As an aside, i suspect that at the very least, it might make rather a nice throwing axe!
Yeah the paracord handle definitely is a bit too flimsy and likely uncomfortable during sustained use so I am already thinking of ways to improve that at some point in the future if I am happy with all other aspects of the axe in my use cases.

Thanks for your comments about the aspect of personal taste and what not. I'm fairly new to bushcraft and didnt have the cash to buy a really expensive axe and this admittedly batman-esque axe caught my eye. Eventually I'll likely get myself a proper traditional axe as well. Especially since, as has been pointed out, the blade is quite thin and so this is really more of a machete/axe hybrid type thing. Definitely not geared towards serious wood chopping
 

lostplanet

Full Member
Aug 18, 2005
1,816
119
50
Kent
Try one of these back to back, I recently cut through a 10 inch?? diameter fallen tree after i gave it a bit of a sharpen, it did well. The sheath is rubbish as its just a rubber thing to save cutting you.
 
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Woody girl

Full Member
Mar 31, 2018
3,001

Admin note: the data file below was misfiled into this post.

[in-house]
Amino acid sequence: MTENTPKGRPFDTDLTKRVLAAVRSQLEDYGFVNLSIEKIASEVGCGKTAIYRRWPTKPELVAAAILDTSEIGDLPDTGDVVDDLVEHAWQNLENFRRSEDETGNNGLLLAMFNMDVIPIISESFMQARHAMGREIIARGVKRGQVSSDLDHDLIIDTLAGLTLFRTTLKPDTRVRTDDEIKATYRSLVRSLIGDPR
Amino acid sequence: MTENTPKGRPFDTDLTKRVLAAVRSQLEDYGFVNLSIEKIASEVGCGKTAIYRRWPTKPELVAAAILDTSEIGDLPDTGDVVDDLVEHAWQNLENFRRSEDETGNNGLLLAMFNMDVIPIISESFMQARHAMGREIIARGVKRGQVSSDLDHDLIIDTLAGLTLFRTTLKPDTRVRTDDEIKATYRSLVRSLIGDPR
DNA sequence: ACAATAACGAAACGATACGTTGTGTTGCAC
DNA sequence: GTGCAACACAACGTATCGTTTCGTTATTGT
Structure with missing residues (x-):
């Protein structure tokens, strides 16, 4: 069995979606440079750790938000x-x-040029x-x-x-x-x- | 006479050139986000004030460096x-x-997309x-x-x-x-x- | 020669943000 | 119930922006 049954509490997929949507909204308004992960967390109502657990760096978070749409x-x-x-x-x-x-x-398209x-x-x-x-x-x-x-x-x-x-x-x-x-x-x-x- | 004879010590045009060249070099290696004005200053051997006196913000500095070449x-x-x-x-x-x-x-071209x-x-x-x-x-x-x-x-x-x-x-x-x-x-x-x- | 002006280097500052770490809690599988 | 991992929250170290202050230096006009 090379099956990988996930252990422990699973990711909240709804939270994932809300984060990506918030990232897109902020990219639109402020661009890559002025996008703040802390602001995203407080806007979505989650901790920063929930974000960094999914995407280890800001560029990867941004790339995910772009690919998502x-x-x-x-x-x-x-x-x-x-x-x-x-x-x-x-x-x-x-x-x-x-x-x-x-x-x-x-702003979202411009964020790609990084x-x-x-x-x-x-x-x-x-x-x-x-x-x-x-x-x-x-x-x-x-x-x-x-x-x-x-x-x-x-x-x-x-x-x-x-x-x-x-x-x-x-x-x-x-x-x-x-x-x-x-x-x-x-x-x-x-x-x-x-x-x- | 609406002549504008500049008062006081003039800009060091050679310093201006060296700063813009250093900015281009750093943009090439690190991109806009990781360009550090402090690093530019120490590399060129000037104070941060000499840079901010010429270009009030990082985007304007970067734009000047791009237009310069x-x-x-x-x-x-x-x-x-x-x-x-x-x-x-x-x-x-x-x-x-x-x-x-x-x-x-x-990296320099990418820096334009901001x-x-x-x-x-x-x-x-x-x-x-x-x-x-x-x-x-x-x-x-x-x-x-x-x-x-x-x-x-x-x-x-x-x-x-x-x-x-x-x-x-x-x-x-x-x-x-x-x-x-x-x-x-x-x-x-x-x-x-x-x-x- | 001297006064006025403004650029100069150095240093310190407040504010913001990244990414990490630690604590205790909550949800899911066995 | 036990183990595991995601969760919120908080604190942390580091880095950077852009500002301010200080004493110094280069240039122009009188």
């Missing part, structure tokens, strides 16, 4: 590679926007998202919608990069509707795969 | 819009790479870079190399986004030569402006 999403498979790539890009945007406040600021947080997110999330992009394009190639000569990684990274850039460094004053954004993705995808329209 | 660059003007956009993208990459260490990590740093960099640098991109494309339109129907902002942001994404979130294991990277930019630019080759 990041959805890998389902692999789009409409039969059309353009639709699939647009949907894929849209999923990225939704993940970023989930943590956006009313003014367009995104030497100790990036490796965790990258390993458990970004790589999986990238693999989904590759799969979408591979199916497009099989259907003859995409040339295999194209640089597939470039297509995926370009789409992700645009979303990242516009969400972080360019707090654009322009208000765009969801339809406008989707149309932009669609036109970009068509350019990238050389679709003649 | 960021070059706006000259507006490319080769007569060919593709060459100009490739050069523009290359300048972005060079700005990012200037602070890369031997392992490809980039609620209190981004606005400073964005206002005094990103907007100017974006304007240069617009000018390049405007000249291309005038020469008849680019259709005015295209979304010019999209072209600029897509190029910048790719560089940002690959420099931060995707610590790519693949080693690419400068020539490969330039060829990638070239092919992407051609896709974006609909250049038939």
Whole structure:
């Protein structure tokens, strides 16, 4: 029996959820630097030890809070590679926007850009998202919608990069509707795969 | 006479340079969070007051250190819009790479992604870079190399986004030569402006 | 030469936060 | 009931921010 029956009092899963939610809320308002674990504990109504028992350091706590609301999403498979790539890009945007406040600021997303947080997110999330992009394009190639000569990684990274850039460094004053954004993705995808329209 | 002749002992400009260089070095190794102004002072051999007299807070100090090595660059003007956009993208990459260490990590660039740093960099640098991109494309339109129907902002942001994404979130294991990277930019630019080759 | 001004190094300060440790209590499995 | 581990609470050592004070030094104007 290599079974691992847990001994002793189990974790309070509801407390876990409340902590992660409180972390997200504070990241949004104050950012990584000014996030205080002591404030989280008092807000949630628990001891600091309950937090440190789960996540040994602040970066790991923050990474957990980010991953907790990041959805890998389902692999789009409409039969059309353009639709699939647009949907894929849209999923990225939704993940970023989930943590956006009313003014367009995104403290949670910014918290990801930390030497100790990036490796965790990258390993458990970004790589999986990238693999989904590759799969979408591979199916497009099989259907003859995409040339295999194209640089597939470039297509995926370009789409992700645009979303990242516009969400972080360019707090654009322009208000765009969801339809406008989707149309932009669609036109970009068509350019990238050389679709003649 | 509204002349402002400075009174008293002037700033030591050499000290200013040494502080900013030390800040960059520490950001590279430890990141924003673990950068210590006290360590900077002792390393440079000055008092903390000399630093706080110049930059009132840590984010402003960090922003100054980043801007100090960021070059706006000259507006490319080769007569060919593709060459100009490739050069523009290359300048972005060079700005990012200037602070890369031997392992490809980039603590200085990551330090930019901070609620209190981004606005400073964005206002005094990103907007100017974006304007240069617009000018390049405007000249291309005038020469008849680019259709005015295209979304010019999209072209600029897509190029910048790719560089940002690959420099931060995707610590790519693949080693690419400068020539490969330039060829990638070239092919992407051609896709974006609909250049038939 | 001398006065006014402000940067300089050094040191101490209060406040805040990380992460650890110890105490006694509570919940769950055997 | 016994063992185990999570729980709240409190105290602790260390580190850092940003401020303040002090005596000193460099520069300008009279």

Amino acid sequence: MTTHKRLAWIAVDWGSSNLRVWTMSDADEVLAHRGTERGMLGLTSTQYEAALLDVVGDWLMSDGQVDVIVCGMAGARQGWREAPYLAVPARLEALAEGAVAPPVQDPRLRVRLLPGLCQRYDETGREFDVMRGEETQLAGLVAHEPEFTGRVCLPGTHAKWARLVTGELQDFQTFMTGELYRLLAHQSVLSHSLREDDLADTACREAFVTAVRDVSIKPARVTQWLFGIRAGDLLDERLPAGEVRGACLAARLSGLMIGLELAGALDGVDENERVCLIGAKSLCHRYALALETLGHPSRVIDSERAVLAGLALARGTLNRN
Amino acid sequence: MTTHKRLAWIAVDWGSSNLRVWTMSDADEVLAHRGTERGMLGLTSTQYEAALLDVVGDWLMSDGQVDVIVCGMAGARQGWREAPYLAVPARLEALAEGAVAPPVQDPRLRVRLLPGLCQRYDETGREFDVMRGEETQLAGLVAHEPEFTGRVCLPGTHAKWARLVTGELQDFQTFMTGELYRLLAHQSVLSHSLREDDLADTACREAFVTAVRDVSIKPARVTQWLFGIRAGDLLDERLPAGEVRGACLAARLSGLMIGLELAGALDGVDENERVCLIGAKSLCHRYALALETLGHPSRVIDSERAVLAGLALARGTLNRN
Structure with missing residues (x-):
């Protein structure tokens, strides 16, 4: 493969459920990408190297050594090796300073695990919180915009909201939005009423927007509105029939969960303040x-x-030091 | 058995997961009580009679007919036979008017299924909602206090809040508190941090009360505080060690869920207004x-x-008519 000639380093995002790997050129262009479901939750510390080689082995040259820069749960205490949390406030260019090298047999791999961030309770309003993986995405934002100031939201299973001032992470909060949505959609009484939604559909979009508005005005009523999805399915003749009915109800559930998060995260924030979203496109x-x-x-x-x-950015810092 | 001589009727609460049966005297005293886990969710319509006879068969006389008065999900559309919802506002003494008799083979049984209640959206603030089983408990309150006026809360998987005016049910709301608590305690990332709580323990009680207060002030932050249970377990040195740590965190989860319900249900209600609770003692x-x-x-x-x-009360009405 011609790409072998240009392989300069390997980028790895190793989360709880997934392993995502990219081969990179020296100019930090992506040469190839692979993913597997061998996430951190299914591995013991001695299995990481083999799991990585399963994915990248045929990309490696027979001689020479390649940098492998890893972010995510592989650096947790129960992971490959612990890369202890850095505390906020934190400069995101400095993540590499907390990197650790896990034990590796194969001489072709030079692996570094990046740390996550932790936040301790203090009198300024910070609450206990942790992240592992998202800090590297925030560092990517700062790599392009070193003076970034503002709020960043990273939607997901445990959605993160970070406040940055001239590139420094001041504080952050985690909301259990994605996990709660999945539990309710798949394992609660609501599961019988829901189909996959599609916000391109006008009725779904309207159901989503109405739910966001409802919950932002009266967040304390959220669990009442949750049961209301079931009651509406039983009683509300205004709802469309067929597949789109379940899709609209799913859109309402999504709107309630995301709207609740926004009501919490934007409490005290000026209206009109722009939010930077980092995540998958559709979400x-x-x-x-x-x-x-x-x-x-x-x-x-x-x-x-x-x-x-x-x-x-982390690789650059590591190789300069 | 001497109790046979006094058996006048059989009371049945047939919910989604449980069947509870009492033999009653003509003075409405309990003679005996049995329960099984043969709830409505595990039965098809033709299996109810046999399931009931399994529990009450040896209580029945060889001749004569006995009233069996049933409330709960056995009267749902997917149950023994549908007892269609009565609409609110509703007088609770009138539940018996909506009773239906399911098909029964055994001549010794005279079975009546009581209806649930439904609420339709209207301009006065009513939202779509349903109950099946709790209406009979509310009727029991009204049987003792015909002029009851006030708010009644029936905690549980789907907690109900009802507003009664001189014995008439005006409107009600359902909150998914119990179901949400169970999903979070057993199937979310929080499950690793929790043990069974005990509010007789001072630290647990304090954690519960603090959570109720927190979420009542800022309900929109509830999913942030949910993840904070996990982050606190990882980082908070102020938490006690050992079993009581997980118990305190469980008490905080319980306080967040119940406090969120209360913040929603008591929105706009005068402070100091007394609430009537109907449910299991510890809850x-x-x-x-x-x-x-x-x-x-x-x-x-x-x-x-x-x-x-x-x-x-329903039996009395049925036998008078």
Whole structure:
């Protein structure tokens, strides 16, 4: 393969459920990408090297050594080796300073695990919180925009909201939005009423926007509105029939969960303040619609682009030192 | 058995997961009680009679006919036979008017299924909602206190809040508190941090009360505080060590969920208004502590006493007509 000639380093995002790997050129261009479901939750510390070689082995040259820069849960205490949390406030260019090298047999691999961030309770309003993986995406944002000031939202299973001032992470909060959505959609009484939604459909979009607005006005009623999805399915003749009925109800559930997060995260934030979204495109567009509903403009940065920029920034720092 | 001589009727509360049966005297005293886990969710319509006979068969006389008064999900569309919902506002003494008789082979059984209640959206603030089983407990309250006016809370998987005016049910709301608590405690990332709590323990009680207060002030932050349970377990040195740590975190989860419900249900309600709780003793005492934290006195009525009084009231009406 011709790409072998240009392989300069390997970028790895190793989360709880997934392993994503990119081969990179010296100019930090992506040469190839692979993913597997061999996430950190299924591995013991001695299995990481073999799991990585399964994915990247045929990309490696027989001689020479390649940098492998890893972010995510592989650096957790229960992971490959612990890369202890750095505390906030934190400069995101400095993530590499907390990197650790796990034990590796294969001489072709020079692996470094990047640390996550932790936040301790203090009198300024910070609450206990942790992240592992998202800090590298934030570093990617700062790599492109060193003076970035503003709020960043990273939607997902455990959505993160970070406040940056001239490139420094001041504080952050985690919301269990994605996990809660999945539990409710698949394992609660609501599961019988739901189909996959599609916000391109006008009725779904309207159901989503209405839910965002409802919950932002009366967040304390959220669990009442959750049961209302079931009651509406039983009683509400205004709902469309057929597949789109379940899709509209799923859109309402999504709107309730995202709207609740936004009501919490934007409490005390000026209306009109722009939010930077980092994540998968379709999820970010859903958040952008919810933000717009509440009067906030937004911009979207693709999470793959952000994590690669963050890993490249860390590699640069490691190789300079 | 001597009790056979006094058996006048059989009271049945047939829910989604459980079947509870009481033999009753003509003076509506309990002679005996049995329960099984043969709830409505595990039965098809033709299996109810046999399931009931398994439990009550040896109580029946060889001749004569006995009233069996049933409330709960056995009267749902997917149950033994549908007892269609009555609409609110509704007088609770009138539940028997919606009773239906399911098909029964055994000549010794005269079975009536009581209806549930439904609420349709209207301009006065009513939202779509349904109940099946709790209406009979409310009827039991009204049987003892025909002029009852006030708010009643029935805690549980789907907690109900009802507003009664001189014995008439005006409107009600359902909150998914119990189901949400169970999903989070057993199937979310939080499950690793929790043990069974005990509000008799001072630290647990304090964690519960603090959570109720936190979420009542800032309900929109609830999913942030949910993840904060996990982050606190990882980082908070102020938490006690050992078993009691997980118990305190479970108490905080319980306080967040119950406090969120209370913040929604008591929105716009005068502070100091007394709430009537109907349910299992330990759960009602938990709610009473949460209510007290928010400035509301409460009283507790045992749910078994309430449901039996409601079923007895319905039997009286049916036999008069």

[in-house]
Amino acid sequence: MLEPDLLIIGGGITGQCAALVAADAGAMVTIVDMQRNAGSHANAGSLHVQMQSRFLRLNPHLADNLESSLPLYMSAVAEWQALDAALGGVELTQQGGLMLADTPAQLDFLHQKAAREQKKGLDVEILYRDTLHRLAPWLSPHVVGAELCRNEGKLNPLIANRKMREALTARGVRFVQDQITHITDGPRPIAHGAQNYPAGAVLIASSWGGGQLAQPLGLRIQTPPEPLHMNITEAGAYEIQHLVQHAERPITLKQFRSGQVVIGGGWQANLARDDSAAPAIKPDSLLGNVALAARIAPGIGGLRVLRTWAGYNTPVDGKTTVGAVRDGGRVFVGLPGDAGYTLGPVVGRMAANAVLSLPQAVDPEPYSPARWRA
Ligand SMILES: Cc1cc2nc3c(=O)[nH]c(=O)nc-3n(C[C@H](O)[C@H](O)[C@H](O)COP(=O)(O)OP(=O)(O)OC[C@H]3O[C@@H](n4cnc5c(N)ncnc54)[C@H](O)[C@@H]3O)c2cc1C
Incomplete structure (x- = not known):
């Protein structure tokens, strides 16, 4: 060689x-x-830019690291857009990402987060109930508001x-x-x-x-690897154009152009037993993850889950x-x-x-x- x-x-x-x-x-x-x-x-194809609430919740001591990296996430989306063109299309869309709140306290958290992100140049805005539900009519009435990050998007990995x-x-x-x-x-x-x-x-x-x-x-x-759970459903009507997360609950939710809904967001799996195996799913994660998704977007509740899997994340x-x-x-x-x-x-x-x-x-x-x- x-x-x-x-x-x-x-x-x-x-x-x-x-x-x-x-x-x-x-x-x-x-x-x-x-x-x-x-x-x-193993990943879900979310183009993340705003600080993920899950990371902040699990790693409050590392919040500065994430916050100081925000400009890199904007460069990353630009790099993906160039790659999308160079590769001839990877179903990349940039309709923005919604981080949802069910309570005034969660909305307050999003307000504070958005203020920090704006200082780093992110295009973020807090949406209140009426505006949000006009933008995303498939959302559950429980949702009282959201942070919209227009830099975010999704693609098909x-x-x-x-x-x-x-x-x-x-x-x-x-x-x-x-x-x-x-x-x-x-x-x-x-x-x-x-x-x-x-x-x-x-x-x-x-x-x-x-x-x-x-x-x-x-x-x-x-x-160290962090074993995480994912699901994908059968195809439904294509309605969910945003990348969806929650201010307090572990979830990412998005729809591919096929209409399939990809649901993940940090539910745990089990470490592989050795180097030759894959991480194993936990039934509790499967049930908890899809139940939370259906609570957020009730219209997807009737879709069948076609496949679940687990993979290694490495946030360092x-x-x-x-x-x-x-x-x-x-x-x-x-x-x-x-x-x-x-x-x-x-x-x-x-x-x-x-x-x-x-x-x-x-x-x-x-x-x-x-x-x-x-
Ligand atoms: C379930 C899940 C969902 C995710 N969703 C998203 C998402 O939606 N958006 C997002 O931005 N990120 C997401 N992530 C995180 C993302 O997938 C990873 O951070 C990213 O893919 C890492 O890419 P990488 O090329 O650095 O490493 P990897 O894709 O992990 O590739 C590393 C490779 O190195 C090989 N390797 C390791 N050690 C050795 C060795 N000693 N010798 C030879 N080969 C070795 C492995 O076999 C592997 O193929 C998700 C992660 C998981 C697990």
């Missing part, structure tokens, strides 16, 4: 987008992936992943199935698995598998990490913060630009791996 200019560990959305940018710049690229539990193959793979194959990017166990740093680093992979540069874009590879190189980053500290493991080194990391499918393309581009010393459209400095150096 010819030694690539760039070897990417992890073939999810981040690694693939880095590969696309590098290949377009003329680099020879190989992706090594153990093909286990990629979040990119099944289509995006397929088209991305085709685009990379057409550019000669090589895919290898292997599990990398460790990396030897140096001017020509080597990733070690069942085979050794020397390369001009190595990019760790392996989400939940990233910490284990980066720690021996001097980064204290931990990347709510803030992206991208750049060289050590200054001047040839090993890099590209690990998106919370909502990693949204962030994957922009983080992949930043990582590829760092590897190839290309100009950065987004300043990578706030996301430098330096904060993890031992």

2,101
62
Exmoor
To be honest, I bought an axe from a tool store. Hickory handle and a 2 1/2lbs head. I use it daily to chop kindling for the fire and out and about when I'm collecting firewood.
Its absolutely fine and pretty bullet proof. Keeps a nice edge, and best of all cost me only £10.
My origional axe was given to me 40 years ago, and is still going strong.
It was second hand as far as the chap that gave it to me, had inherited it from his father.
You dont have to spend a fortune on axes.
Yes I'd like a "bushcraft axe" but I wont spend silly money for a name, when something cheaper and just as useable is available.
 

TLM

Native
Nov 16, 2019
1,471
636
Vantaa, Finland
In my opinion that is not an axe or hatchet - in their traditional meanings. I don't know what to call it. That does not mean it could not be a fairly handy tool for cutting and splitting smaller diameter wood. I see no reason why not. On the plus side when produced from flat plate the cost could be low even with reasonable material. The really negative aspect is that when seen carrying anything shaped like that one gets called Rambo. To avoid that it should be painted in Hello Kitty colours. ;)
 
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C_Claycomb

Mod
Mod
Oct 6, 2003
6,238
1,232
Bedfordshire
Looks utter rubbish...actually looks like a shorter word beginning with c.

There are a few things that axes and tomahawks are used for. In the bush, they are used for cutting and splitting wood, and in combat they are used for breaking through walls and barriers, chopping and prying. This looks like it was trying to tap into the combat market. Problem with this is that it has steel all the way through the handle, so no shock absorption, and a cord wrap does nothing worthwhile to protect the hand. Put steel in the handle and you carry the weight, but if you want it for chopping, it does you no good there, just transmits shock.